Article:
Junpei: AHHAHAHAHAHAHA! That's awesome! He won't eat it!
    • There's also a scene in Fuuka's Social Link, where she tries to give some of her food to a stray cat. It runs away.
  • Rations from the Metal Gear franchise are notorious for its taste. Naked Snake would take a rotten snake any day over Russian rations. He and EVA complain the taste when consuming one and if you toss one to the guard dogs, they won't even touch it. According to Roy Campbell in Metal Gear Solid 4, French rations are consider to be the best which contains sweets and American ones to be the worst. Rose's cooking is considered to be worse according to Raiden which he would prefer rations.
  • One section of the manual/copy protection in Leisure Suit Larry 3: Passionate Patti in Pursuit of the Pulsating Pectorals used this chart to rate restaurants:
    1 Star: My dog wouldn't eat here
    2 Stars: My dog would eat here, but I wouldn't
    3 Stars: My dog and I eat here regularly
    4 Stars: This place is too classy to bring my dog
    5 Stars: Top notch
  • Bravely Default has a short party chat with Edea Lee late-game. Sage Yulyana has been pestering her to cook something every time they visit, on the grounds of "a young lady's cooking is better, and Agnès, given her upbringing, couldn't very well boil water. He'd probably be better off with unboiled water.
    Edea: He [Yulyana] gave it to the dog!
    Tiz: Actually, the dog left it for the cat to eat.
    Agnès: And then the cat left it for a crow.

  • Freefall variation: A cockroach does eat from Sam's plate in The Golden Trough, but dies immediately afterwards.
  • One Curtailed comic where Fox and Mandy went camping showed some opossums digging through their backpack of MREs and tossing them aside.
  • The original run of You Damn Kid! had the author recount complaining about a meal his mother made, and she responded with the stock phrase "Starving children in China would beg to have it!" When the family briefly took in a Chinese refugee, though, the author was gleeful to discover that even that kid hated the meal.

    Web Original 
  • Counter Monkey: the Peter Piper Pizza that Noah found in the game store bathroom. Despite being in there for over a month, it was perfectly pristine. Even bacteria wouldn't touch it.
  • Stuart Ashen once prepared a microwavable pizza that looked distinctly unpalatable. In The Stinger, he tried to feed it to his pet poodle, who wouldn't eat it.

    Western Animation 
  • In an episode of Arthur, the title character and his little sister D.W. complain to themselves about their grandma's cooking. D.W. attempts to give some olive-loaf to Pal, their dog. He refuses it and D.W. responds with "That dog's not as dumb as he looks."
  • In the Ozzy & Drix episode "Gas of Doom", Hector did a science project on what cafeteria food his dog wouldn't touch. Turned out to be 'all of it'.
  • In a non-animal example, The Simpsons episode with the sugar ban saw the police burning every bit of candy in Springfield. When they throw the Butterfingers bars into the fire, they get thrown right back out. It's a popular misconception that the show lost their sponsor for that joke. Rather, it's the other way around: the contract was already over, and the show wanted the final word.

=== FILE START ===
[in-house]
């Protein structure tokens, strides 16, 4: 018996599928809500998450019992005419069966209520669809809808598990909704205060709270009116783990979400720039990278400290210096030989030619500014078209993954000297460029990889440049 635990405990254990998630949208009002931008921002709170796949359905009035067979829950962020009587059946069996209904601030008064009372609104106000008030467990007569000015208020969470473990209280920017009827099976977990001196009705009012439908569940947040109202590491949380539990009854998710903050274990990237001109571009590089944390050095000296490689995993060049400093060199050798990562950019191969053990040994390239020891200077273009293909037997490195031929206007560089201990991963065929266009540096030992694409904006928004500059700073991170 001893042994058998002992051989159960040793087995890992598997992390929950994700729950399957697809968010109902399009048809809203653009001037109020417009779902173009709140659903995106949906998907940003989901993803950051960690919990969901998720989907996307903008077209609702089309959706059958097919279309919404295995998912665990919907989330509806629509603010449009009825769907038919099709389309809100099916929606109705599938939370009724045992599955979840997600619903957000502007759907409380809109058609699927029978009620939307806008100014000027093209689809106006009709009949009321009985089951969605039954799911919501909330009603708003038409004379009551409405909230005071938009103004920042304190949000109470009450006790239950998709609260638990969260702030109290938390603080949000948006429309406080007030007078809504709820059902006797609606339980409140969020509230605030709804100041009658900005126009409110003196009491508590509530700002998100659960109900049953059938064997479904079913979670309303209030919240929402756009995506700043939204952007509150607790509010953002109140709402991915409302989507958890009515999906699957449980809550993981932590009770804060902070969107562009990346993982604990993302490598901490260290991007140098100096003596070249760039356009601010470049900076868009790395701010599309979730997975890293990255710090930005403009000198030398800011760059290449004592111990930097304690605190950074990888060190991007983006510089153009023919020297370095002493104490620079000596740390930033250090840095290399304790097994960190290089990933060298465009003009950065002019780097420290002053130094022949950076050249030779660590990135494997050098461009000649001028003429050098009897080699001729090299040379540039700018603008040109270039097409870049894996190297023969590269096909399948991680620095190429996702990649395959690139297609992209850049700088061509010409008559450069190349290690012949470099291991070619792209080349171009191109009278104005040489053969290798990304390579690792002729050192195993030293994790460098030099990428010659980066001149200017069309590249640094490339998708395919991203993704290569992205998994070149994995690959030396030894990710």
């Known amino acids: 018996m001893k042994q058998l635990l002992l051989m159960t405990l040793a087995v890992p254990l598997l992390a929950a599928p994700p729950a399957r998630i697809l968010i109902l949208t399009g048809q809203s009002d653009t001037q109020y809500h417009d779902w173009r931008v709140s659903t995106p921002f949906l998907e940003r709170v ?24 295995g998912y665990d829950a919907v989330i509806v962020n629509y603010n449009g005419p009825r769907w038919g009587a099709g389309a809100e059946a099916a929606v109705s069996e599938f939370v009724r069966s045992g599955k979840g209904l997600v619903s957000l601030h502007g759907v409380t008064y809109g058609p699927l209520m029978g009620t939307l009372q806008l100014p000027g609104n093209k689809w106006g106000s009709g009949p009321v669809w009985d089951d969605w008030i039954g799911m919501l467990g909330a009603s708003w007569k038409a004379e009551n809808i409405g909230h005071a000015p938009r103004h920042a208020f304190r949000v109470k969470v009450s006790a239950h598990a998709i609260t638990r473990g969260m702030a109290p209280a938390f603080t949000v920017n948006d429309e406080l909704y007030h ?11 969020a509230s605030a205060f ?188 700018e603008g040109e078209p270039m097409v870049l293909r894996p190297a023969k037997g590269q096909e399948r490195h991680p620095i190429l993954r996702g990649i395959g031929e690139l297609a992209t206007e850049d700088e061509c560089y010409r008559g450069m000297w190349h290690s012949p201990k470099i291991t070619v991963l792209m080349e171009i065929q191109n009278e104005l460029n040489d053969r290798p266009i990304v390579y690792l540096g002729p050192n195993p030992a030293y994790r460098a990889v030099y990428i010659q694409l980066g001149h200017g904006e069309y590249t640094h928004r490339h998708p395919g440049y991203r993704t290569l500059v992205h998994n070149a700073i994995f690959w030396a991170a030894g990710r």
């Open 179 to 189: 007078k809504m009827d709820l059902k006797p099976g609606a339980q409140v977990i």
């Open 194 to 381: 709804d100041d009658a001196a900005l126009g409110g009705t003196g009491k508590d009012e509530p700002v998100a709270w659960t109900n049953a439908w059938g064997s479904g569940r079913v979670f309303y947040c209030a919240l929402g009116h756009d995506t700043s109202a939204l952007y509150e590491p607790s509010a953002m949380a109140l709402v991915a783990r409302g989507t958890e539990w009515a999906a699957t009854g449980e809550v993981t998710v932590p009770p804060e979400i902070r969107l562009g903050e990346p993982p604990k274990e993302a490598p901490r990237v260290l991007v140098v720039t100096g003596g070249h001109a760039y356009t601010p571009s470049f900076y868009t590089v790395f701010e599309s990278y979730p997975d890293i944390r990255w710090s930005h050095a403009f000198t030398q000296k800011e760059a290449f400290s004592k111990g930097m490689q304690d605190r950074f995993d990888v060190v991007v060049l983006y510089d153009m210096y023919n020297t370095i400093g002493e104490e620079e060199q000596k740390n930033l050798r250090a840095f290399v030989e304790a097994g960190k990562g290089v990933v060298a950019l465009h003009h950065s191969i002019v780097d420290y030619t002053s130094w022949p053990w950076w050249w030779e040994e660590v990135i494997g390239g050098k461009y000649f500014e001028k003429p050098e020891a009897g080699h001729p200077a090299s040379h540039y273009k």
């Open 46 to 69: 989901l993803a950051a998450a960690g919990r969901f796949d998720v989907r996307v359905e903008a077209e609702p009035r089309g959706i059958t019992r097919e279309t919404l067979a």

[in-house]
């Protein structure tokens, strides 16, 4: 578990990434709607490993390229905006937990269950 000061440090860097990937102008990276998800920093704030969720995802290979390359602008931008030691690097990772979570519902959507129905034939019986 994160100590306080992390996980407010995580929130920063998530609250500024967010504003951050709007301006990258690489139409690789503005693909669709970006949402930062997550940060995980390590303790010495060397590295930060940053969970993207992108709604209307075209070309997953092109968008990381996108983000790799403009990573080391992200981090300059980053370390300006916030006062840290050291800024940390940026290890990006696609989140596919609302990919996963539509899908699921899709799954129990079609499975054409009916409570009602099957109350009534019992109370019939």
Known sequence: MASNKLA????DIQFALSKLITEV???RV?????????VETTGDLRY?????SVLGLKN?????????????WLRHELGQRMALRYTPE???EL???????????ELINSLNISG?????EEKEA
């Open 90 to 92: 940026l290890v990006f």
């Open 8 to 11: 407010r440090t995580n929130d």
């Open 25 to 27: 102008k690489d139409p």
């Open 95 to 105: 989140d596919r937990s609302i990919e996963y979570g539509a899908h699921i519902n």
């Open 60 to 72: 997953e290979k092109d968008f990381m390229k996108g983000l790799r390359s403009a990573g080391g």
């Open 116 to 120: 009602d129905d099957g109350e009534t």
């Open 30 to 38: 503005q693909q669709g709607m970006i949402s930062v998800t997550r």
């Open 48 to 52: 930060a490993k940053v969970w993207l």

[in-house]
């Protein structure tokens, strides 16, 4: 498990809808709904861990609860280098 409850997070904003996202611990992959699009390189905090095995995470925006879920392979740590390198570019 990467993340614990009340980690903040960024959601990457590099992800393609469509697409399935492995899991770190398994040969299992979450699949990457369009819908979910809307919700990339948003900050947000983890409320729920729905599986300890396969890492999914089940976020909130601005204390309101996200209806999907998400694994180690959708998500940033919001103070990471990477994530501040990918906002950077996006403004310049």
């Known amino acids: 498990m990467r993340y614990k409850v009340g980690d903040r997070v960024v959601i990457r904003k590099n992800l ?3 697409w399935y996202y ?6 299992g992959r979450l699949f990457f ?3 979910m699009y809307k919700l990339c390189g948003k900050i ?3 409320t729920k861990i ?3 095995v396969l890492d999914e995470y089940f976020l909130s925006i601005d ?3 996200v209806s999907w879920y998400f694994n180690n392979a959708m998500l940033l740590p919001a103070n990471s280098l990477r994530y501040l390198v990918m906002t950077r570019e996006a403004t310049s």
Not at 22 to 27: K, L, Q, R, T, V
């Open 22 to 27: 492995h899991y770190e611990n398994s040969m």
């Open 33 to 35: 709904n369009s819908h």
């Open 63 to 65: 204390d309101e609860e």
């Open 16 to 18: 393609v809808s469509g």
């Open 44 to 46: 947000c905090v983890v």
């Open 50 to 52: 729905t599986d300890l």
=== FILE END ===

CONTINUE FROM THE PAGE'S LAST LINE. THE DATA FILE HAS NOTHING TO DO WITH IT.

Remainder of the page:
Chief Wiggum: Even the fire won't take them.
    • In a non-food example, when Bart and Milhouse are put in charge of Comic Book Guy's shop while he's unable to work, Milhouse ends up buying several boxes of a comic named "Biclops" about a superpowered nerd with glasses. It's a huge flop and Bart complains that not even the birds want them for their nests. On cue, an angered bird flies inside with an issue of the comic, tears it to shreds and flies away.
    • Another non-food example: the episode where George H. W. Bush moves in across from the Simpsons starts out with Homer trying to sell his stuff to other people on the block. Nothing is purchased, especially not a denim jacket with "DISCO STU" embroidered on it (he was trying to write "disco stud" but he ran out of room). A character named Disco Stu was even invented in this episode just so he could look at the jacket and decide not to buy it.
  • In one episode of Foster's Home for Imaginary Friends, Bloo makes way too many cookies to the point where they're getting nasty. A man drops one of the cookies on the ground. A dog is then shown trying to sniff it, but gets disgusted by it.
  • Garfield and Friends:
    • Garfield combats a rodent infestation by serving them Jon's latest experimental dish. They eat a few bites before deciding that it's too awful for them and leave.
      Floyd the mouse: I knew you cats were sneaky, but I never thought you'd stoop to rat poison!
    • In several episodes, people who have HORRIBLE cooking are demonstrated how horrible their cooking is by having even Garfield refuse to eat them. An example being Papa Plastique's pizza, which is so inedible as to seem to be made of plastic.